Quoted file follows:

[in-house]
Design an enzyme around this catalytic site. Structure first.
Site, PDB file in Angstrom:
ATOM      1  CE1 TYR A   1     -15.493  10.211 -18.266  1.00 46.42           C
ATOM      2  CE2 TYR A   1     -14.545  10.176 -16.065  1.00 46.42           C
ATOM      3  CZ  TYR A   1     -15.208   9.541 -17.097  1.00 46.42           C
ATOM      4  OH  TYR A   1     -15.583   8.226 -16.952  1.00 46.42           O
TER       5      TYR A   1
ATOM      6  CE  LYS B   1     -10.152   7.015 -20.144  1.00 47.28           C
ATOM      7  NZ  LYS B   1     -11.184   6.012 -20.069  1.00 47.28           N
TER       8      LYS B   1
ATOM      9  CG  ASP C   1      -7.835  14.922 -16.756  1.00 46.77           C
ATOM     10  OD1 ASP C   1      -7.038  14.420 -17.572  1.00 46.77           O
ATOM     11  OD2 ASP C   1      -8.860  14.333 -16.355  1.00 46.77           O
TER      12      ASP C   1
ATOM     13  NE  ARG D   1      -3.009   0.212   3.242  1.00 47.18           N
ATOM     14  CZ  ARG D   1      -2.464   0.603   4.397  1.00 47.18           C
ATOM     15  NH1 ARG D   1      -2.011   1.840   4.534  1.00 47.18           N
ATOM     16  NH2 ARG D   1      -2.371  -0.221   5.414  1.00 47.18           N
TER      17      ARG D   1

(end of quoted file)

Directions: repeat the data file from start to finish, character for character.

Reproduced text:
[in-house]
Design an enzyme around this catalytic site. Structure first.
Site, PDB file in Angstrom:
ATOM      1  CE1 TYR A   1     -15.493  10.211 -18.266  1.00 46.42           C
ATOM      2  CE2 TYR A   1     -14.545  10.176 -16.065  1.00 46.42           C
ATOM      3  CZ  TYR A   1     -15.208   9.541 -17.097  1.00 46.42           C
ATOM      4  OH  TYR A   1     -15.583   8.226 -16.952  1.00 46.42           O
TER       5      TYR A   1
ATOM      6  CE  LYS B   1     -10.152   7.015 -20.144  1.00 47.28           C
ATOM      7  NZ  LYS B   1     -11.184   6.012 -20.069  1.00 47.28           N
TER       8      LYS B   1
ATOM      9  CG  ASP C   1      -7.835  14.922 -16.756  1.00 46.77           C
ATOM     10  OD1 ASP C   1      -7.038  14.420 -17.572  1.00 46.77           O
ATOM     11  OD2 ASP C   1      -8.860  14.333 -16.355  1.00 46.77           O
TER      12      ASP C   1
ATOM     13  NE  ARG D   1      -3.009   0.212   3.242  1.00 47.18           N
ATOM     14  CZ  ARG D   1      -2.464   0.603   4.397  1.00 47.18           C
ATOM     15  NH1 ARG D   1      -2.011   1.840   4.534  1.00 47.18           N
ATOM     16  NH2 ARG D   1      -2.371  -0.221   5.414  1.00 47.18           N
TER      17      ARG D   1